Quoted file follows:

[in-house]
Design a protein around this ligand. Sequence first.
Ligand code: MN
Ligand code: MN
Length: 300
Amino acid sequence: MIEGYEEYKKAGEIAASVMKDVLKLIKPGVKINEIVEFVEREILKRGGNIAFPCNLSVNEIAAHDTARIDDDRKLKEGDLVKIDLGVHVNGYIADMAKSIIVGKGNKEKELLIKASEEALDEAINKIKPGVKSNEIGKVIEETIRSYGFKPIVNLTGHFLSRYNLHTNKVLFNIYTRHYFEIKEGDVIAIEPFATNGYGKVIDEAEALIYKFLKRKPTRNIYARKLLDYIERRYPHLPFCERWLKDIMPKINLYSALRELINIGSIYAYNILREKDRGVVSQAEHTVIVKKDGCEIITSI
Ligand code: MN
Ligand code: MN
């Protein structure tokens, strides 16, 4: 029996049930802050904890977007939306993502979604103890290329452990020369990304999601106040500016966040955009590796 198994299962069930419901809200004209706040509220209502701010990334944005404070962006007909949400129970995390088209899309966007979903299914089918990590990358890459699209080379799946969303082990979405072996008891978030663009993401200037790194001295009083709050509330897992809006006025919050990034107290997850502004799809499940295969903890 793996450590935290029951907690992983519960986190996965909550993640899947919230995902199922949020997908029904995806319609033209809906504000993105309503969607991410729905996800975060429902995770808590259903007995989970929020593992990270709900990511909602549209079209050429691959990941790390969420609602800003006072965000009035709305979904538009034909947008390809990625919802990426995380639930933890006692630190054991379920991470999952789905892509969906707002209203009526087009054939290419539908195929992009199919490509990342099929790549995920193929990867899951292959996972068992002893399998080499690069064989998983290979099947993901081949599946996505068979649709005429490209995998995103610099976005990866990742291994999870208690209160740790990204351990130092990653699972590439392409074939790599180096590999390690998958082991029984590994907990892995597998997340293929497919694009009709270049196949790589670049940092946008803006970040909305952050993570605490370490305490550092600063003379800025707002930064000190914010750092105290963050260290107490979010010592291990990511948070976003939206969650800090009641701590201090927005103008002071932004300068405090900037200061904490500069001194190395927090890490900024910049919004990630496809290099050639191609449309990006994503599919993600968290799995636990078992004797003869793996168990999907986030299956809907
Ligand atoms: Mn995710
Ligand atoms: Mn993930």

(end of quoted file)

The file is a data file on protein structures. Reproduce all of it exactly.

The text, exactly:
[in-house]
Design a protein around this ligand. Sequence first.
Ligand code: MN
Ligand code: MN
Length: 300
Amino acid sequence: MIEGYEEYKKAGEIAASVMKDVLKLIKPGVKINEIVEFVEREILKRGGNIAFPCNLSVNEIAAHDTARIDDDRKLKEGDLVKIDLGVHVNGYIADMAKSIIVGKGNKEKELLIKASEEALDEAINKIKPGVKSNEIGKVIEETIRSYGFKPIVNLTGHFLSRYNLHTNKVLFNIYTRHYFEIKEGDVIAIEPFATNGYGKVIDEAEALIYKFLKRKPTRNIYARKLLDYIERRYPHLPFCERWLKDIMPKINLYSALRELINIGSIYAYNILREKDRGVVSQAEHTVIVKKDGCEIITSI
Ligand code: MN
Ligand code: MN
């Protein structure tokens, strides 16, 4: 029996049930802050904890977007939306993502979604103890290329452990020369990304999601106040500016966040955009590796 198994299962069930419901809200004209706040509220209502701010990334944005404070962006007909949400129970995390088209899309966007979903299914089918990590990358890459699209080379799946969303082990979405072996008891978030663009993401200037790194001295009083709050509330897992809006006025919050990034107290997850502004799809499940295969903890 793996450590935290029951907690992983519960986190996965909550993640899947919230995902199922949020997908029904995806319609033209809906504000993105309503969607991410729905996800975060429902995770808590259903007995989970929020593992990270709900990511909602549209079209050429691959990941790390969420609602800003006072965000009035709305979904538009034909947008390809990625919802990426995380639930933890006692630190054991379920991470999952789905892509969906707002209203009526087009054939290419539908195929992009199919490509990342099929790549995920193929990867899951292959996972068992002893399998080499690069064989998983290979099947993901081949599946996505068979649709005429490209995998995103610099976005990866990742291994999870208690209160740790990204351990130092990653699972590439392409074939790599180096590999390690998958082991029984590994907990892995597998997340293929497919694009009709270049196949790589670049940092946008803006970040909305952050993570605490370490305490550092600063003379800025707002930064000190914010750092105290963050260290107490979010010592291990990511948070976003939206969650800090009641701590201090927005103008002071932004300068405090900037200061904490500069001194190395927090890490900024910049919004990630496809290099050639191609449309990006994503599919993600968290799995636990078992004797003869793996168990999907986030299956809907
Ligand atoms: Mn995710
Ligand atoms: Mn993930």